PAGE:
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On the Monday after Thanksgiving, our email inboxes inevitably blow up with Cyber Monday discounts. The holiday, if that’s what you want to call it, was created by retailers to encourage people to shop online, with the idea that it would be a good way to market deals to those looking to get their holiday shopping done early. This year, instead of giving your money away to big corporations, we encourage you to do your Cyber Monday shopping locally, especially since many local businesses have switched to online shopping platforms due to coronavirus—and, they need your help.
Main & Taylor, which has maintained a customized in-person shopping experience for 30 years, is one local business that had to change operations due to the shutdown. Owner Diane Chinnis developed an online store for the shoe boutique to continue reaching customers—before COVID, Main & Taylor didn’t sell via its website at all.
Chinnis says she held out on offering an online store because she believes in one-on-one interaction. “We have lots of great relationships with our customers,” Chinnis says. “My husband and I thrive on that interaction.” When opening an online store was the only option left, she gave in, but the online shopping experience has now given Main & Taylor’s customers the option to buy shoes at any time, from anywhere, which has expanded the store’s customer base.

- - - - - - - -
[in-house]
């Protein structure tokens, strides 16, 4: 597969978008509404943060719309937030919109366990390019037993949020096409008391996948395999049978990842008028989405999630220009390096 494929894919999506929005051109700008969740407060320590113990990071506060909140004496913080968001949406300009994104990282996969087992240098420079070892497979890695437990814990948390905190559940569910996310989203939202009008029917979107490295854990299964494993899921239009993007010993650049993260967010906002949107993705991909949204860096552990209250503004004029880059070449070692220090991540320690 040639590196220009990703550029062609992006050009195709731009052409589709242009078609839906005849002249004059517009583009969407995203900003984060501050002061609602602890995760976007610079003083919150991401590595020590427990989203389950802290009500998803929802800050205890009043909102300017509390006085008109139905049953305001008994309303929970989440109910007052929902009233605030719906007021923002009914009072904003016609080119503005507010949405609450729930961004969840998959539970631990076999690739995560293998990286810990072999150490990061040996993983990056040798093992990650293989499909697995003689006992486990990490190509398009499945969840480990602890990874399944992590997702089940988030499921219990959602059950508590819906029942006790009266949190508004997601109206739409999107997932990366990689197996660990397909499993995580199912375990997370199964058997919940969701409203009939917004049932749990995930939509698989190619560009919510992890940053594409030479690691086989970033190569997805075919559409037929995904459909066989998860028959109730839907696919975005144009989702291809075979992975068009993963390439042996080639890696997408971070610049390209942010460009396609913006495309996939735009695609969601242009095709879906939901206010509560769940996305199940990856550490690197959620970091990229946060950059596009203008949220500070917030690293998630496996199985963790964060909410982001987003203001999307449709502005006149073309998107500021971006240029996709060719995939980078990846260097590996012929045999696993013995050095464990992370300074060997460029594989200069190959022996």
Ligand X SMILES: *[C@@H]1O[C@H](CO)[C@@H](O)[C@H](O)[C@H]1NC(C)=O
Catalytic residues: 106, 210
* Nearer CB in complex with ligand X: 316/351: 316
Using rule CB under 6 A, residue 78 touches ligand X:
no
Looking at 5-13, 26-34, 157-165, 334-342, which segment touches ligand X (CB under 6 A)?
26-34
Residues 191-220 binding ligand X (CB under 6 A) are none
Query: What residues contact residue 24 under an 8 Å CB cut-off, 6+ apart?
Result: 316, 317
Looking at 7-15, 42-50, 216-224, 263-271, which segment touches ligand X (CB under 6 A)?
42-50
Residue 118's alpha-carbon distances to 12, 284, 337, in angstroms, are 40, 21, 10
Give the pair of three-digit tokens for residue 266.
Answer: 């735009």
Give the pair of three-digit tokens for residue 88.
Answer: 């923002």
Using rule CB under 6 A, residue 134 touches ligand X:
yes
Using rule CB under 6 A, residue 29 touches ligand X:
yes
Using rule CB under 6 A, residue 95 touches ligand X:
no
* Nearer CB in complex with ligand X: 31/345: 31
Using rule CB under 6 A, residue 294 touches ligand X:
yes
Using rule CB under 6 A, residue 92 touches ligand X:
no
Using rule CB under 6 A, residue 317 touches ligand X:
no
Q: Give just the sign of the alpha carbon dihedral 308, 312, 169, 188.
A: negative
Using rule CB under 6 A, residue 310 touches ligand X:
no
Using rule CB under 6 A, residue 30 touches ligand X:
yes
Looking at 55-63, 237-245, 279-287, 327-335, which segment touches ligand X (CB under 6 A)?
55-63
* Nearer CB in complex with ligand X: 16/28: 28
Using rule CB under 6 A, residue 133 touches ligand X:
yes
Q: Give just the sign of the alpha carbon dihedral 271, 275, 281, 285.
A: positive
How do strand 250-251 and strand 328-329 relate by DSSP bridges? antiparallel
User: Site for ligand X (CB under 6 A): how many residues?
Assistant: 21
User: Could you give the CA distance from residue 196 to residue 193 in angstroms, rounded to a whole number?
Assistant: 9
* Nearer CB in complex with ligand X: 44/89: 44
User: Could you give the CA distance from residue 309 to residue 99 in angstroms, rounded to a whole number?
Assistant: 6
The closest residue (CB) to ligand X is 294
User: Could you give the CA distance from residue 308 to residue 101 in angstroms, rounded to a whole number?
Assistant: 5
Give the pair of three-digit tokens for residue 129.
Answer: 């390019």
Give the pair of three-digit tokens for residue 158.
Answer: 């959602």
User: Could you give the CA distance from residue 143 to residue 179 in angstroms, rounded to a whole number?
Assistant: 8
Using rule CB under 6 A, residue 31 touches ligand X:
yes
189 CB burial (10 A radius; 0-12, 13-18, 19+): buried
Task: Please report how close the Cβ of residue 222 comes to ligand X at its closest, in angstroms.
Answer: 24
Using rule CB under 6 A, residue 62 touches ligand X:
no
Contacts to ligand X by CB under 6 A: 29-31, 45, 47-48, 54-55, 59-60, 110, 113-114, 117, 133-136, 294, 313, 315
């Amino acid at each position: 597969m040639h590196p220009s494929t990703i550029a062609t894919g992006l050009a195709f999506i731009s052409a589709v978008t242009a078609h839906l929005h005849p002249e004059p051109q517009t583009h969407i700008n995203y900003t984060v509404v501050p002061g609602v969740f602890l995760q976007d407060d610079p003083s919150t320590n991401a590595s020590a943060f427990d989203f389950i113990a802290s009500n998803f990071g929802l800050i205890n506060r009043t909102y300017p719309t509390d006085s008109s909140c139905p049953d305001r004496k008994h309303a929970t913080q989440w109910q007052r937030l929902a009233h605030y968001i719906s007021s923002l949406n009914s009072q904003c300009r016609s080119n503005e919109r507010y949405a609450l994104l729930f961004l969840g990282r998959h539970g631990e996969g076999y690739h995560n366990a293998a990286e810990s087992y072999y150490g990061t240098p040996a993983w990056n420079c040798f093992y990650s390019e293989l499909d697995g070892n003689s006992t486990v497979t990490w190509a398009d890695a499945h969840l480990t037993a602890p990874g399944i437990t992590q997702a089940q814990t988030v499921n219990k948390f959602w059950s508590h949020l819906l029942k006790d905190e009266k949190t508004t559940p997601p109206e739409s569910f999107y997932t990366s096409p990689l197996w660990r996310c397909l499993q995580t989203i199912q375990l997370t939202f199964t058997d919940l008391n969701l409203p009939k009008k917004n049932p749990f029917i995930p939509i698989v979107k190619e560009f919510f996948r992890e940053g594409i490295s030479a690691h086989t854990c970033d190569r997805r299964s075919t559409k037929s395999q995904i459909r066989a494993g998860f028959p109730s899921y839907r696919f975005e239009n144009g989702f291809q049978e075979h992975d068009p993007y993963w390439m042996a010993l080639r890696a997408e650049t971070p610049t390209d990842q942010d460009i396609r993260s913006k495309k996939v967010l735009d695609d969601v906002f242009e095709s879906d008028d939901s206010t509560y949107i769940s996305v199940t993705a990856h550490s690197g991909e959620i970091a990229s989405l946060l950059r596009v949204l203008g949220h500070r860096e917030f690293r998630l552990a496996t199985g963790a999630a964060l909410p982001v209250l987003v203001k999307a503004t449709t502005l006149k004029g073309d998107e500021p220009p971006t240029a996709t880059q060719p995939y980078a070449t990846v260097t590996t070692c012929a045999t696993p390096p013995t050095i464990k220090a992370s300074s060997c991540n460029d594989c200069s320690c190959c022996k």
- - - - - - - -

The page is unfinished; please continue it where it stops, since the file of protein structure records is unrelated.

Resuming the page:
Jason Jefferies, the general manager of Quail Ridge Books, also chose to focus on online sales when the pandemic hit, offering free shipping nationally and curbside pickup locally. While Quail Ridge sold books through its website before, during the shutdown the store increased online sales by 3,000 percent. Other local businesses, including The Flourish Market, Uniquities, Edge of Urge, The Zen Succulent and many others, have also switched to online sales platforms when customers could no longer visit in person. Even now that most of these shops are back open, they’ve maintained their online stores.
This Cyber Monday, it will be easier than ever to shop locally and conveniently from your phone, tablet or laptop. Local businesses are hurting and shopping with them is the easiest way to help them out. Visit shoplocalraleigh.org for a list of local businesses with online shops.
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